Massey brings experience to special teams

Chicago's new long snapper, Chris Massey, is a nine-year veteran. He talked today about helping the Bears during the team's upcoming push for the playoffs.

Bears fans might be wringing their hands over the injuries to Jay Cutler and Patrick Mannelly, but to the newest Chicago hire, long snapper Chris Massey, it's all part of the game.

Massey was signed by the team yesterday after beating out James Dearth, Christian Yount and rookie Jake Laptad, who was waived by the team to make room on the roster for Massey.

"There's no need for fans to panic," Massey said of the recent injuries. "Really, I'm telling the truth here. It's the NFL. Players come in and players go down. Pat Mannelly will be back again but I'm more than happy to fill in for him during his absence."

The reason Massey refuses to lose his cool? He's a veteran with nine seasons of experience with the Rams.

LS Chris Massey
Al Messerschmidt/Getty

He was released by St. Louis last season and subsequently spent a week with the Carolina Panthers. He knows Mike Martz and understands his system and is familiar with Chicago's style of play.

"This isn't rocket science, what I do," said Massey. "And it's something that I've been doing for years. I was a long snapper in high school and again in college. I've lined up for 135 games already as a pro. This is second nature to me."

Mannelly has been a fixture on the Bears' roster the last 14 years, the longest tenure of any current player. He was placed on injured reserve this week after rupturing his ACL this past Sunday. Laptad was signed to a three-year deal on Tuesday but was then replaced by Massey after struggling in practice.

"I feel sorry about that," Massey said. "It's tough on a rookie to get your hopes up like that, then get waived. But again, it's all a part of this game. He'll be back and he'll be better than ever."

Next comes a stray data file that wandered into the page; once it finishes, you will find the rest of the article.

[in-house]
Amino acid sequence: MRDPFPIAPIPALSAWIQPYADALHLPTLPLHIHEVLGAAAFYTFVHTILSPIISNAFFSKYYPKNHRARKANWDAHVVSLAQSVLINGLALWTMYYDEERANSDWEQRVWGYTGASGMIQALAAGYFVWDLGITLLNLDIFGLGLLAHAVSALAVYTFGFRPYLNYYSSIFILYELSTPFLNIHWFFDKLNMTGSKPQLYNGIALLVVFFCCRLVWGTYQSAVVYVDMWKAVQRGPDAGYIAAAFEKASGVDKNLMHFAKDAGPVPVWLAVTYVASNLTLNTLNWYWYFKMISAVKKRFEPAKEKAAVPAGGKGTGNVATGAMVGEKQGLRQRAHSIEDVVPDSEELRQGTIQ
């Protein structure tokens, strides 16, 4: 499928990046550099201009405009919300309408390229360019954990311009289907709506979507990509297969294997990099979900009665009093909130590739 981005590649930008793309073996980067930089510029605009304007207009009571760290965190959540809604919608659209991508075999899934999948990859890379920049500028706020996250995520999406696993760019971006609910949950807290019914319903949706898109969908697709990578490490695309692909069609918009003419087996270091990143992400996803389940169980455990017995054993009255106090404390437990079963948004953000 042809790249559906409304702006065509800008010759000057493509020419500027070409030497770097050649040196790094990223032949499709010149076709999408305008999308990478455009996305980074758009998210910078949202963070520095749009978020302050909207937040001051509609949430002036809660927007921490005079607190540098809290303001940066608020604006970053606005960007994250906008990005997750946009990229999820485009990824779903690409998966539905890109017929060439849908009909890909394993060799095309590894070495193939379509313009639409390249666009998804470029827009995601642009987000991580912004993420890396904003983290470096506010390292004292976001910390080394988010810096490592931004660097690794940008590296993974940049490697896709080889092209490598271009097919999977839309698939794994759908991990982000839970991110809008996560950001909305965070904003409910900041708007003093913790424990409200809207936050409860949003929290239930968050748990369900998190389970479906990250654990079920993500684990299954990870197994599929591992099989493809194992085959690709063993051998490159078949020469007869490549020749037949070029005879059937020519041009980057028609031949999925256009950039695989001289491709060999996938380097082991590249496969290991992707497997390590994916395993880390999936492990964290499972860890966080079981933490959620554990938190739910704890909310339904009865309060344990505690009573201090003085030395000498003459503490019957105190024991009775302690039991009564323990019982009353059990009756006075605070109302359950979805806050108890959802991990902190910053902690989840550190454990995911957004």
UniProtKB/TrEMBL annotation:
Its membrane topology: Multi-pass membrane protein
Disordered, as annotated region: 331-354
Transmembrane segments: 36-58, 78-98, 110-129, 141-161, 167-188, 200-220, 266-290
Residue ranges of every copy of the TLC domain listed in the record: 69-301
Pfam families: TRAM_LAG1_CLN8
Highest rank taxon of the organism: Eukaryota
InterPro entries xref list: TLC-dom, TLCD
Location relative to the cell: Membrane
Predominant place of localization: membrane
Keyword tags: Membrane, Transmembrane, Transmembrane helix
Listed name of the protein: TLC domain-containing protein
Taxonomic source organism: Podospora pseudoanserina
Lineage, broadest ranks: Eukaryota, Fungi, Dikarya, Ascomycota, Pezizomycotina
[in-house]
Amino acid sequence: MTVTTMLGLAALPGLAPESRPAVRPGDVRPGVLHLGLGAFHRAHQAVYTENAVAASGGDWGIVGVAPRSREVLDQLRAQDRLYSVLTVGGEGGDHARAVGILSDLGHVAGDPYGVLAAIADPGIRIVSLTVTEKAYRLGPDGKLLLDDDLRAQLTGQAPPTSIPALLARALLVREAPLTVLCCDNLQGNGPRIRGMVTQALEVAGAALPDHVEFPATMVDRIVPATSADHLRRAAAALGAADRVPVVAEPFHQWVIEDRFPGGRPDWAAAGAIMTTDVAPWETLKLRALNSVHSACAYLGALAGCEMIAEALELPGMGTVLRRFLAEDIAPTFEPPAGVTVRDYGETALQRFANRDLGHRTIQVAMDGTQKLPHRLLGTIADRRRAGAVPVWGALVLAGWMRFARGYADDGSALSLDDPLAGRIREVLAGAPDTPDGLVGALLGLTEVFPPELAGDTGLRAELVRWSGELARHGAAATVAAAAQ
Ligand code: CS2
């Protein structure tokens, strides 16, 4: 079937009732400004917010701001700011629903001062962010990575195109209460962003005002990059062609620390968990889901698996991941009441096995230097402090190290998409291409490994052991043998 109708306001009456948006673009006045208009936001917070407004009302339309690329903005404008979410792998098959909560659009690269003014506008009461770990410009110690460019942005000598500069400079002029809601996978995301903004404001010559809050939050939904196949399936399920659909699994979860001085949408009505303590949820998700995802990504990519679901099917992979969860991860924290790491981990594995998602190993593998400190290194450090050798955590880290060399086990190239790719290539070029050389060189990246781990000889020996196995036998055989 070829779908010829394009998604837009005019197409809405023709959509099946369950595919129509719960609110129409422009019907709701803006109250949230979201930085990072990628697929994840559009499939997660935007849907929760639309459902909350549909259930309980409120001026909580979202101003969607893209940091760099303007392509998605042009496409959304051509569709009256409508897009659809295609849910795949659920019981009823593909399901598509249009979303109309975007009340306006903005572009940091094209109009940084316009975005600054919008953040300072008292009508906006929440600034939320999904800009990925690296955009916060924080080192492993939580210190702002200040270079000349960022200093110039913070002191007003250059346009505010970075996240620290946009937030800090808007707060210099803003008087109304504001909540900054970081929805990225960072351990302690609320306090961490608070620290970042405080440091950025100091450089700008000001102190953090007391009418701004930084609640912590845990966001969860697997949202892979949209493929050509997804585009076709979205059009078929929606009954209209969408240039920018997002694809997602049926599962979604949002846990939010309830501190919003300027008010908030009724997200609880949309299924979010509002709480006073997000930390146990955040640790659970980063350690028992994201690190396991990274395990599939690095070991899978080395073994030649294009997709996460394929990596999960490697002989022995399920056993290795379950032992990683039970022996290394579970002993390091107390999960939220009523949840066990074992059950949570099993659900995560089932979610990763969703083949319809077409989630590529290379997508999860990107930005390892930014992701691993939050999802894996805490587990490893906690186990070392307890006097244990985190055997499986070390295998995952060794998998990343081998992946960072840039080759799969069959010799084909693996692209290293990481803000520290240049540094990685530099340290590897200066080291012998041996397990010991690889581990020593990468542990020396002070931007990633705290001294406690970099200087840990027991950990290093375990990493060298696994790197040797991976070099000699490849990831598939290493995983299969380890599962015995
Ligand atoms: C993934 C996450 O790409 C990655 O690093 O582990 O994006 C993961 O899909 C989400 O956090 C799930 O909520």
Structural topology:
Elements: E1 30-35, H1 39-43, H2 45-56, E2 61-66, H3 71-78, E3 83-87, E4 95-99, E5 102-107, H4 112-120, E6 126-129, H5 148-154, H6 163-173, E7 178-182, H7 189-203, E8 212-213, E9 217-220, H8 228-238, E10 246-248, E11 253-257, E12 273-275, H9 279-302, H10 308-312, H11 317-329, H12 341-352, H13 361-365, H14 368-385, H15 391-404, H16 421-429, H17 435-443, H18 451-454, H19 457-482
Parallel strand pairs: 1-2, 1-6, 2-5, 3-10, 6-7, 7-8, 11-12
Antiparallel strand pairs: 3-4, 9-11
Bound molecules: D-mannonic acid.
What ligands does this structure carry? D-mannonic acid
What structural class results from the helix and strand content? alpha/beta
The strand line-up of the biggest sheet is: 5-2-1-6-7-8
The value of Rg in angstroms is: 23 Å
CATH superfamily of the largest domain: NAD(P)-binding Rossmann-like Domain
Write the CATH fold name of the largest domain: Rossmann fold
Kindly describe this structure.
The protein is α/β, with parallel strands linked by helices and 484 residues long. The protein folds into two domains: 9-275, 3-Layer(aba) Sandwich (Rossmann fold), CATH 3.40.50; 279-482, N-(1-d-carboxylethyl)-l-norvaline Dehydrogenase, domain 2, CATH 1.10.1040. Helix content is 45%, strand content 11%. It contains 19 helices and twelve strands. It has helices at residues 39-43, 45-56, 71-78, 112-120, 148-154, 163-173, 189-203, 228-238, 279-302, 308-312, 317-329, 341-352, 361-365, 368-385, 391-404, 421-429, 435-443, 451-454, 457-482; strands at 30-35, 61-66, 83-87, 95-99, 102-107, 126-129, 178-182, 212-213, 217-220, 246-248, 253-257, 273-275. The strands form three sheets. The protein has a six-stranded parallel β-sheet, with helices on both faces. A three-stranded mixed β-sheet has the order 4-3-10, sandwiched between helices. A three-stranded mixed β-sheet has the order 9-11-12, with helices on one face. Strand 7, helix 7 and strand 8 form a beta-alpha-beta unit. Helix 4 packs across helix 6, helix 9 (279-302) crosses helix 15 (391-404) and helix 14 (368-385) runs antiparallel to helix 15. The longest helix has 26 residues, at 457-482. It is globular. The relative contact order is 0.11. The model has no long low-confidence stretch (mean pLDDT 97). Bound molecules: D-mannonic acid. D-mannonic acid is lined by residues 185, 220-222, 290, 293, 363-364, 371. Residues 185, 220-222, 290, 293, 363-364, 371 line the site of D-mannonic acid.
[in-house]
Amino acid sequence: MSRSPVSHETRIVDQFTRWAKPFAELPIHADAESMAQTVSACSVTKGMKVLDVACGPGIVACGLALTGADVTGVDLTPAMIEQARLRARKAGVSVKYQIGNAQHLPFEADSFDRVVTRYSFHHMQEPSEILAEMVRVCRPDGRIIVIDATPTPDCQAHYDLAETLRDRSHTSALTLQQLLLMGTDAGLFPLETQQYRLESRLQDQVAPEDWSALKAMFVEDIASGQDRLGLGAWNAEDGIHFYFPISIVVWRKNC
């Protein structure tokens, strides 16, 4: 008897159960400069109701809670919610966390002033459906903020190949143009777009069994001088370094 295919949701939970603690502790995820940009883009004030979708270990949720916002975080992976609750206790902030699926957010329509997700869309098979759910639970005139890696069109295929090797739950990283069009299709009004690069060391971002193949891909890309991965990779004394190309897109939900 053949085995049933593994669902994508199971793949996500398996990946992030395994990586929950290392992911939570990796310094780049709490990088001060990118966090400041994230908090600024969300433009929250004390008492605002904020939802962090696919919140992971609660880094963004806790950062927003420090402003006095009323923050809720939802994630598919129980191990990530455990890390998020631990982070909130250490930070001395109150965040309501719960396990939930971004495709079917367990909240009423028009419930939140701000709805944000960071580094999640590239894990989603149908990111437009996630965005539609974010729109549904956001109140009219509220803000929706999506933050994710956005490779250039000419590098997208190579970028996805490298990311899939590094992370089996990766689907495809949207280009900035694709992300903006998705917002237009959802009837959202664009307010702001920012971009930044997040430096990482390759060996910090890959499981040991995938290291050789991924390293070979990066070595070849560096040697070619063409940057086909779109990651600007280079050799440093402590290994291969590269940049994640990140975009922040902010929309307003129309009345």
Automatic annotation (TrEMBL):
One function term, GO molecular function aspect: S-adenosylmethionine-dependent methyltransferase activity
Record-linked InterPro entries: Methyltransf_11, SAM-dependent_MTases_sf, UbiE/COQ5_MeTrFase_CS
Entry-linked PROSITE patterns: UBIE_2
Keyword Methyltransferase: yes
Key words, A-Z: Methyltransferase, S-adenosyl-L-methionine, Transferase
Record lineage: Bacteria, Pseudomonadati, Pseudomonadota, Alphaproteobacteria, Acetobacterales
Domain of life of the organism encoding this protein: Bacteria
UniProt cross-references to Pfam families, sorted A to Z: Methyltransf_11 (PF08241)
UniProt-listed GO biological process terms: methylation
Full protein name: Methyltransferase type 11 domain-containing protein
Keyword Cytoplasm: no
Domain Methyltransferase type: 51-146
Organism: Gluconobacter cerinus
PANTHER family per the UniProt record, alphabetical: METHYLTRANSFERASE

Being a long snapper was something that Massey always felt he could do.

"There aren't that many guys in the league, or in college, who can do that particular thing, or who would even want to do it, so it can be a great career path," he said. "To me, it felt comfortable. I understood the technique and enjoyed playing the position."

What about communication with his new teammates? Is that a work in progress?

"No not really. Because of the unique situation in terms of what is going on in the game when I am called to come in, it's pretty much the same from team to team. It's straightforward. I will be working with the team this week so I think we can smooth over any rough spots during those practices."

Massey is even relaxed about going into Oakland's "Black Hole".

"I've already been there, nine, maybe 10 times. It's not that bad. You just block out what is going on in the stands and pay attention to your job. Everything is fine if you are able to concentrate."

Despite his mellow demeanor,the 32-year-old Massey fully understands the importance of winning from here on out.

"The team has confidence. That was immediately apparent to me. I am looking forward to this opportunity to help them reach the playoffs. This should be a fun ride."

Beth Gorr has been covering the Bears for the last 12 years and is the author of Bear Memories: The Chicago-Green Bay Rivalry. She is currently working on a second book about early Bears history.

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